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MOOT exhibits showcase historic preservation and odd objects in Oregon City

These metal finger traps were used as splints in early days. Other odd objects are on display too.

The Museum of the Oregon Territory opened two new exhibits Feb. 3.

The first exhibit, titled Preserving Places: Local Stories of Conservation, Restoration, and Preservation, tells the story of area heritage houses and historical landmarks across Oregon. Focuses include the Timberline Lodge, Gordon House, Ermatinger House, Molalla Log Cabin, and Carman House. Each location faced challenges and hurdles to their preservation and restoration. Guests will discover why landmarks are historically significant and why their preservation is important.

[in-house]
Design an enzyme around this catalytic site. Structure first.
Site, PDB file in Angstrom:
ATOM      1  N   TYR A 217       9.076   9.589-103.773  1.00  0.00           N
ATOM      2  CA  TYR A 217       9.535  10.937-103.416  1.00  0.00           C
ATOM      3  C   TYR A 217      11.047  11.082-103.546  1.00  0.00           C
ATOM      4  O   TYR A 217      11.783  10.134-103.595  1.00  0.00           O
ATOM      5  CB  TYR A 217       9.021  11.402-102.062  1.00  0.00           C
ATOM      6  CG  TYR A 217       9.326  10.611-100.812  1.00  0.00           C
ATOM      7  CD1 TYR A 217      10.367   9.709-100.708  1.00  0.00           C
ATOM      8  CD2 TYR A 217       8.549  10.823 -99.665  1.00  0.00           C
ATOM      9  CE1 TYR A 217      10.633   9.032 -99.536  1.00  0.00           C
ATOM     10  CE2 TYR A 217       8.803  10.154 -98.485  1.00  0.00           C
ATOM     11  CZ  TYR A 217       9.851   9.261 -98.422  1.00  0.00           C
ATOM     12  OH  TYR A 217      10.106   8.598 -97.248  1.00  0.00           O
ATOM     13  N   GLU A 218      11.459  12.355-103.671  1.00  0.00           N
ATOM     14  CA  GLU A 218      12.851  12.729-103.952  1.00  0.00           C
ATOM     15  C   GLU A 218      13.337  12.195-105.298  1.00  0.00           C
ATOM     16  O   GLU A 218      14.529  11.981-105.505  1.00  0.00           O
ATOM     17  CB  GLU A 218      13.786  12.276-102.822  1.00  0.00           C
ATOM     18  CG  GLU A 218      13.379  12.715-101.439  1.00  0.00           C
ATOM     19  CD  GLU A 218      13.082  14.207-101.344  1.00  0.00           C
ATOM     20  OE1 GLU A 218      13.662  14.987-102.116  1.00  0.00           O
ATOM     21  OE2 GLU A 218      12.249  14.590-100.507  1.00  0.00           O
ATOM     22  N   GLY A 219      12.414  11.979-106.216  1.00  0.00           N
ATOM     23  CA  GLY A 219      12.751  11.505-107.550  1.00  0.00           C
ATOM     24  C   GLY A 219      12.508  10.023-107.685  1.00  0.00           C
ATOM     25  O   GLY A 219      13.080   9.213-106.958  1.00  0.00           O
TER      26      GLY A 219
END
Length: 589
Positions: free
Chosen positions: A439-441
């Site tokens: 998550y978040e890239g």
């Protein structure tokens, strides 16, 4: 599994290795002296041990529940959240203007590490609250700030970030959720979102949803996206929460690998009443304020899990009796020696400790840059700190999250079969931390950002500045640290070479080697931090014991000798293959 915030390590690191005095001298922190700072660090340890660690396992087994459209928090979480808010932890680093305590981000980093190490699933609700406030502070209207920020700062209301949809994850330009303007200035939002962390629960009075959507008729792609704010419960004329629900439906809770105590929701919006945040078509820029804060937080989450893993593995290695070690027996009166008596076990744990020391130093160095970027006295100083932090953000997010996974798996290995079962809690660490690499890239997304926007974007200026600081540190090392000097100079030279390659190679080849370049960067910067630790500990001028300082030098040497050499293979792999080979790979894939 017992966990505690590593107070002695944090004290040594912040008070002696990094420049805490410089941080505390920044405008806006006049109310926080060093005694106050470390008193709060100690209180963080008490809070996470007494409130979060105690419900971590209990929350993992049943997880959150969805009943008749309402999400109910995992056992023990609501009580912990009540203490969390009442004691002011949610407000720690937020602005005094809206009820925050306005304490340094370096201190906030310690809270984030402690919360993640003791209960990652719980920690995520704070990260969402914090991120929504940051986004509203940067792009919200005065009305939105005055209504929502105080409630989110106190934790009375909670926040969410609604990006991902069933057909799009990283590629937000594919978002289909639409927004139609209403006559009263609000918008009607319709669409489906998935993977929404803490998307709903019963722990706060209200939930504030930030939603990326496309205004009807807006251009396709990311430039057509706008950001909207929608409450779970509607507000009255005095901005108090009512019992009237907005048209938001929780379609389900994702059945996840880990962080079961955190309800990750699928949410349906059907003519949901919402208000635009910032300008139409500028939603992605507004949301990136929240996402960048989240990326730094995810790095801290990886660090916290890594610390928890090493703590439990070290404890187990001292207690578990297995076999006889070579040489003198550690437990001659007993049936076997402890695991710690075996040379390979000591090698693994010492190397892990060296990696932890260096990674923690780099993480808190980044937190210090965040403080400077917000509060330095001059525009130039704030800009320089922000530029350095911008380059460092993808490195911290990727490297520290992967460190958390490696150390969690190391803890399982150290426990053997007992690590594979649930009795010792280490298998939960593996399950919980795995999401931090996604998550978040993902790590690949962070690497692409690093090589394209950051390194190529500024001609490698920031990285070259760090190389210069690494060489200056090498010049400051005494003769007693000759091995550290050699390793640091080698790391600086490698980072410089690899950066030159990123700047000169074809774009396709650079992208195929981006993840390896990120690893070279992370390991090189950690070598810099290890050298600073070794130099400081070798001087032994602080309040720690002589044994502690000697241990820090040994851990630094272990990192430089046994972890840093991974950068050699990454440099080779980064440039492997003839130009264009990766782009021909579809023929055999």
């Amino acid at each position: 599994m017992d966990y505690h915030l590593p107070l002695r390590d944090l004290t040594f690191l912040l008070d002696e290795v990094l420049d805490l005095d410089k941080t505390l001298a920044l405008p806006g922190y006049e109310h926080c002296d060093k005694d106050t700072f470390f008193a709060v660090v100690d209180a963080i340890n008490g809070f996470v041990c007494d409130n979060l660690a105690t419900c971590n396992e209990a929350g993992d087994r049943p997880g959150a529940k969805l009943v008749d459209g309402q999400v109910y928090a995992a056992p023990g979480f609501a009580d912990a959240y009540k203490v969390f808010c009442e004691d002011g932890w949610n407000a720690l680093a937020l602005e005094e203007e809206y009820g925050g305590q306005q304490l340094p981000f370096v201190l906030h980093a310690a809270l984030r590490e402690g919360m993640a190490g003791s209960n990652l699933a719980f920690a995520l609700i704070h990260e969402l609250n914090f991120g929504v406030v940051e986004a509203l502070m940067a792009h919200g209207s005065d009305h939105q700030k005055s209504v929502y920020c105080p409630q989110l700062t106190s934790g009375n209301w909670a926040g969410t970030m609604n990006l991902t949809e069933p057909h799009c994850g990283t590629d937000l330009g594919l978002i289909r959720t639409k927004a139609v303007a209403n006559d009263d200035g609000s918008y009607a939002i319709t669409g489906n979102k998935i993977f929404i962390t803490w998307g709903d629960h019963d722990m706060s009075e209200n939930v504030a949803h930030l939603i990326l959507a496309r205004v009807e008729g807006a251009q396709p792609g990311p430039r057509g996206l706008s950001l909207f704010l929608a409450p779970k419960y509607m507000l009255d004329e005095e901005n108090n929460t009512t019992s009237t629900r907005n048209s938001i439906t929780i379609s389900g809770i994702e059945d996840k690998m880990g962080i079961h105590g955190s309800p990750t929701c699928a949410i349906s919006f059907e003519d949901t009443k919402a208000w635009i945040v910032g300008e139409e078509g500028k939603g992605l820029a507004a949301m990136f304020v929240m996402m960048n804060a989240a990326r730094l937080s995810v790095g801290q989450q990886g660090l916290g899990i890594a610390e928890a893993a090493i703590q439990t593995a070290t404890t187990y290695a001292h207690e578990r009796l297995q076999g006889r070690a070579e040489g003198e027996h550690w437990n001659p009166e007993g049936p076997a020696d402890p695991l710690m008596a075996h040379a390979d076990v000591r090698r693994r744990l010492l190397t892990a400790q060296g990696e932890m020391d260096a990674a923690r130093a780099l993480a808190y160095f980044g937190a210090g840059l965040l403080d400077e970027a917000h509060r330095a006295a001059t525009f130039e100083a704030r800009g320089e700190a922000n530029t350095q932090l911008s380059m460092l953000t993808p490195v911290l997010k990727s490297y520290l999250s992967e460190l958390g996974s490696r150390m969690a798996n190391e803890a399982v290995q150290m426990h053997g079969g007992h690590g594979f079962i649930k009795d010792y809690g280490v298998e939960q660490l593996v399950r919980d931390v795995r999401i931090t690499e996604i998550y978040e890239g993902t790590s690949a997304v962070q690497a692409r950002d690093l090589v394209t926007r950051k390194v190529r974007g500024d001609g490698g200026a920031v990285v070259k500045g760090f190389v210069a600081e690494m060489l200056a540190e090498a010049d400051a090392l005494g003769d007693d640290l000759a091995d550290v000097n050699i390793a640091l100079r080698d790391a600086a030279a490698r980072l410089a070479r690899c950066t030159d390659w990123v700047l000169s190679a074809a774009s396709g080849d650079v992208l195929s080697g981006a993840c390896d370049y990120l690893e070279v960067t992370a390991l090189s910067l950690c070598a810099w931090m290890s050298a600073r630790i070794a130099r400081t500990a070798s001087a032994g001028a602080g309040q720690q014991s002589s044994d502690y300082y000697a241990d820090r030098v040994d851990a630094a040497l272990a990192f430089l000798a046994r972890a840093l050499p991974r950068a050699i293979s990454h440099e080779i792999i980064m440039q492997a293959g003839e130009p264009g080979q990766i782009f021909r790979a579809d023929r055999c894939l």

“With ‘Preserving Places’ we have brought together artifacts on loan from several regional institutions,” says Clackamas County Historical Society Executive Director Claire Blaylock. “Oregon is rich with historic places, and the importance of preservation shines through in this exhibit.”

Displays will include a Frank Lloyd Wright-designed side table from the Gordon House, artifacts from the original interior of Timberline Lodge, and a pair of dovetailed logs from the Molalla Log Cabin, among others.

The museum’s second exhibit, called Intriguing Objects, is a collection of oddities and interesting artifacts found in the historical society’s collection, connected by a common theme.

Highlights include farm tools that look more medieval in nature than agricultural; and a collection of bizarre medical devices, such as metal finger traps used to keep joints secure during surgery. The finger traps are a precursor to the brain teasers made of bamboo in the 1800s that were commonly known as “Chinese finger traps.”

The museum is located at 211 Tumwater Drive in Oregon City.

SUBMITTED PHOTOS:  - This side table designed by Frank Lloyd Wright is part of the new exhibit at MOOT.